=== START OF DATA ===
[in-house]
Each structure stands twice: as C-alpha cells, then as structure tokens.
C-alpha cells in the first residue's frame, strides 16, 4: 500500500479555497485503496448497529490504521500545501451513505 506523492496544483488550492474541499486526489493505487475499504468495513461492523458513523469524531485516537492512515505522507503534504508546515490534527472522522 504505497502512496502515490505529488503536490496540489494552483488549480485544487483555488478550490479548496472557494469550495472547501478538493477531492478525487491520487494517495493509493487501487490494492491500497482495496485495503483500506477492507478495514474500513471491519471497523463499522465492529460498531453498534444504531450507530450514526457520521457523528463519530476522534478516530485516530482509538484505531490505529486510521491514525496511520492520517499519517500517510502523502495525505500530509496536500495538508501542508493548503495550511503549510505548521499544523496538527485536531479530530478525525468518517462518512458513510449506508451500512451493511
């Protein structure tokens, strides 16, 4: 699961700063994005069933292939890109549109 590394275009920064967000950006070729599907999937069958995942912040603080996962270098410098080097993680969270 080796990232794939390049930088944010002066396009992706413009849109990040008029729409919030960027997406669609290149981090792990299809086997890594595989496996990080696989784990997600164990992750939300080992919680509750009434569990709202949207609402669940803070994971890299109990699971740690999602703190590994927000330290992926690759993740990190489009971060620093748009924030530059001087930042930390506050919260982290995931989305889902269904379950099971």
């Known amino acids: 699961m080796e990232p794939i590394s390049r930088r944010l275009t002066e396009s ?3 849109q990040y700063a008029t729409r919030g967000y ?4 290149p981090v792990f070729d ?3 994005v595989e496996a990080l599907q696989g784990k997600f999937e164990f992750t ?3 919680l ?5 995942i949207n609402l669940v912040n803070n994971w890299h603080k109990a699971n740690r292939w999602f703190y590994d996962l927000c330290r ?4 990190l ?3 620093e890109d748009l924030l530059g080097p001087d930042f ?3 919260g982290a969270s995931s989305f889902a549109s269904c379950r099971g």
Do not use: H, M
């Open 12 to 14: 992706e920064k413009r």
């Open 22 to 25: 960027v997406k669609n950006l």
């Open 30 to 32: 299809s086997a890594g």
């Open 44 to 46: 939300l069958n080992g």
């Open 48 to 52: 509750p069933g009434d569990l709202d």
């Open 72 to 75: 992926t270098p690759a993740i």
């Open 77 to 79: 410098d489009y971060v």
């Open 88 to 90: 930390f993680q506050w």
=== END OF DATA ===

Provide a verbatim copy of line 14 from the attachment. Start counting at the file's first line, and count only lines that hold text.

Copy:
């Open 88 to 90: 930390f993680q506050w």